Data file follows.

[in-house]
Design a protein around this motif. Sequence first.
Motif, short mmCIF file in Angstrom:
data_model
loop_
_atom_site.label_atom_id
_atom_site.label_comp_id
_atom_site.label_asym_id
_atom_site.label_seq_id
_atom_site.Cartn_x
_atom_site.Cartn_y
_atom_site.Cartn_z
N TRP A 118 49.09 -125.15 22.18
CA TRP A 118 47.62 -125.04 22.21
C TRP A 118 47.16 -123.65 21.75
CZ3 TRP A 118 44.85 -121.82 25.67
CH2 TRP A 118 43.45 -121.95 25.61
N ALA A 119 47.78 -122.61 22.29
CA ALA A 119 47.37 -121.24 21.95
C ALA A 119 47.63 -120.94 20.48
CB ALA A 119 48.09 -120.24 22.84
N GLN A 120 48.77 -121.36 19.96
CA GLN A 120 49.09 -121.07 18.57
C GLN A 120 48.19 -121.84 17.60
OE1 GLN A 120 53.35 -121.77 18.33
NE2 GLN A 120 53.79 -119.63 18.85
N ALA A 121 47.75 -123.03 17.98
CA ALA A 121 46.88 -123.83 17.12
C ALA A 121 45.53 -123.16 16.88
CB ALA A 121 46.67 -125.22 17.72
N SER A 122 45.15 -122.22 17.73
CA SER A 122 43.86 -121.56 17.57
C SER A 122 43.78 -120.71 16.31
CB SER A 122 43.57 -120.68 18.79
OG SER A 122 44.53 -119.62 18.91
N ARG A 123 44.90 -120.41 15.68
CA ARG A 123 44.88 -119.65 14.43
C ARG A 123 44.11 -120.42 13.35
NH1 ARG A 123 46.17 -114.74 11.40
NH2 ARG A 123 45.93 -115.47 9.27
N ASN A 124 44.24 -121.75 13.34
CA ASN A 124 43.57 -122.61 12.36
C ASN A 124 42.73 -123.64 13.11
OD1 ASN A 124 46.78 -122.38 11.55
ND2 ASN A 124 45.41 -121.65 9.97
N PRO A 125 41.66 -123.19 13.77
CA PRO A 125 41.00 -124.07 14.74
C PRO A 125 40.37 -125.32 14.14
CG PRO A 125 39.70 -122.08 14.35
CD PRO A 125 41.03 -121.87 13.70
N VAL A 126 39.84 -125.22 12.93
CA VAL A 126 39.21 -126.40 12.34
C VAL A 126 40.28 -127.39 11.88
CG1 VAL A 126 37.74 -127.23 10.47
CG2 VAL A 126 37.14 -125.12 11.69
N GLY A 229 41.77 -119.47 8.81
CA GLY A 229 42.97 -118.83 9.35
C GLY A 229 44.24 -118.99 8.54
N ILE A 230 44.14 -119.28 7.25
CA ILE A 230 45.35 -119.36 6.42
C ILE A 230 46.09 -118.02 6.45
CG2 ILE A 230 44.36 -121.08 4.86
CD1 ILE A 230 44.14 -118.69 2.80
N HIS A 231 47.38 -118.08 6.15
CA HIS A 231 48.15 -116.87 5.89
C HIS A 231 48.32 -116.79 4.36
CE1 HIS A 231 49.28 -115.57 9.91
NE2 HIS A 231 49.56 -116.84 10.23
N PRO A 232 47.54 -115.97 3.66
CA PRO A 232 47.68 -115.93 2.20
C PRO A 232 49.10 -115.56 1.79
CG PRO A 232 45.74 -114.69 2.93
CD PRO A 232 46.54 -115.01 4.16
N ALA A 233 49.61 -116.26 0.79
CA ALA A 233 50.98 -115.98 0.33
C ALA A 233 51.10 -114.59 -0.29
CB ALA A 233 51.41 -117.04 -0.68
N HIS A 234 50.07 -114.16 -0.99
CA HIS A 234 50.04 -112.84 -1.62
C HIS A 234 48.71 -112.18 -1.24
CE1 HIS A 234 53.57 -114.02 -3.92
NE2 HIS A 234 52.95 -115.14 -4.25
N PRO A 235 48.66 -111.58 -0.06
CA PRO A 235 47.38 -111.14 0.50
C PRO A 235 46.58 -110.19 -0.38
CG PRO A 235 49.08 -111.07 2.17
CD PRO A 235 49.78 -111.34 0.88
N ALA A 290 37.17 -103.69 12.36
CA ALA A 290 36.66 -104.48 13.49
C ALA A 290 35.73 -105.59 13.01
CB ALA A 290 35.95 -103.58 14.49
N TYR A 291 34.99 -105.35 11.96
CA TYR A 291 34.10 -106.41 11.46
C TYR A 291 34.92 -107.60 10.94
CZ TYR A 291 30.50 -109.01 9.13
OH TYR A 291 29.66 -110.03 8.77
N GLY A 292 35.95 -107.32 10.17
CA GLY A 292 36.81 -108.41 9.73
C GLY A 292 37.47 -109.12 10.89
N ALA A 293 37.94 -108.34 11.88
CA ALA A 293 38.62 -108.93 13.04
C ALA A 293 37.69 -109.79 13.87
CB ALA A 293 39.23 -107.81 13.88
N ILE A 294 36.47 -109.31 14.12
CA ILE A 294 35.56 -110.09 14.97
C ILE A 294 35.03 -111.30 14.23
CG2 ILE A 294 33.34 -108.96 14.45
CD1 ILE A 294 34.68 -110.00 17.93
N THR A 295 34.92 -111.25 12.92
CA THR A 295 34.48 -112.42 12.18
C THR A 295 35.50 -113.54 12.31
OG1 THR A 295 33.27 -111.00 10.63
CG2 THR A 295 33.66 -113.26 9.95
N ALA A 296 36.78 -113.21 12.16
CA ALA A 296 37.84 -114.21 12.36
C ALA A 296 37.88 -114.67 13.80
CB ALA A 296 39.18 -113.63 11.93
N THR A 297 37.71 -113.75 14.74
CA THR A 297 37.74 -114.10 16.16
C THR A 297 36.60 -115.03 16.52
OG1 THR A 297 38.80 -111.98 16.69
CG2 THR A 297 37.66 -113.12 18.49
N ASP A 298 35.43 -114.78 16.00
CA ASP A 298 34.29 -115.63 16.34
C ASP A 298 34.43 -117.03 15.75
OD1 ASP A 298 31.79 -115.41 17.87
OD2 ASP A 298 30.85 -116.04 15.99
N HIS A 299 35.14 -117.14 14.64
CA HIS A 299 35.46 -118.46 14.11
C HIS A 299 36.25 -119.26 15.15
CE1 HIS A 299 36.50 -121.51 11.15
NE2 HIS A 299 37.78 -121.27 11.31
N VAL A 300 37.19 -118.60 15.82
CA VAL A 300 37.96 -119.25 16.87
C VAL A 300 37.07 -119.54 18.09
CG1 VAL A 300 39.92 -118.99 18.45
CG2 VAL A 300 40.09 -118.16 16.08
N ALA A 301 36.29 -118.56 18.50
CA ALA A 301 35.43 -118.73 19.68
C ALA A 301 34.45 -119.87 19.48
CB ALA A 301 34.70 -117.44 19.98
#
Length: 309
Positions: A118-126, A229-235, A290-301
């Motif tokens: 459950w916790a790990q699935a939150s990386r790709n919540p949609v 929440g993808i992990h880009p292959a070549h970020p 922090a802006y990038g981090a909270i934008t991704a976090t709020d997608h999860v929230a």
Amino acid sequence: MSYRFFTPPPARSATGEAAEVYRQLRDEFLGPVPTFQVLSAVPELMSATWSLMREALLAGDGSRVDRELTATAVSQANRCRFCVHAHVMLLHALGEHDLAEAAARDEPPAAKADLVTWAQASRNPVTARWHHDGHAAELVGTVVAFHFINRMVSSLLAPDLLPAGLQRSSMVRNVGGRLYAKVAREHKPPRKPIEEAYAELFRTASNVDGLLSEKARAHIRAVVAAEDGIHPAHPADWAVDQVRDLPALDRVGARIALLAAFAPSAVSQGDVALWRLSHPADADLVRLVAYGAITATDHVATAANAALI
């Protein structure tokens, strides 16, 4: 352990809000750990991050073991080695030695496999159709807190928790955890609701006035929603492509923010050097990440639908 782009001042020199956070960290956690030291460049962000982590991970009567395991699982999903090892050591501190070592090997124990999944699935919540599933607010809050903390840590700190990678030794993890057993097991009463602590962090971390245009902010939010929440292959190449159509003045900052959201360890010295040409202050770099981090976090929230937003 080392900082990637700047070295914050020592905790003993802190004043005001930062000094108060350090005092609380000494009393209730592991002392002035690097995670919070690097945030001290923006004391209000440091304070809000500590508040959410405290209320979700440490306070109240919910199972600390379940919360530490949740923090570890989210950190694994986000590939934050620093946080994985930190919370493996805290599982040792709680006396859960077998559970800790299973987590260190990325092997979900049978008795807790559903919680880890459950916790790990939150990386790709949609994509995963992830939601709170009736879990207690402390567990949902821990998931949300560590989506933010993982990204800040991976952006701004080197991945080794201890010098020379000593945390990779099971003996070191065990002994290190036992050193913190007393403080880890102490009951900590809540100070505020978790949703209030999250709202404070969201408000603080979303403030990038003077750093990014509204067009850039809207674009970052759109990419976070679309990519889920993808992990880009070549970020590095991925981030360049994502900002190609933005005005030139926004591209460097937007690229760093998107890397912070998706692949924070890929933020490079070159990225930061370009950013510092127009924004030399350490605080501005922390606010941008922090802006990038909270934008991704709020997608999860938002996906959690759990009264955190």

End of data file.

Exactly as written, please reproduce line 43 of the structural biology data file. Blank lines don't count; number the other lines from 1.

C ASN A 124 42.73 -123.64 13.11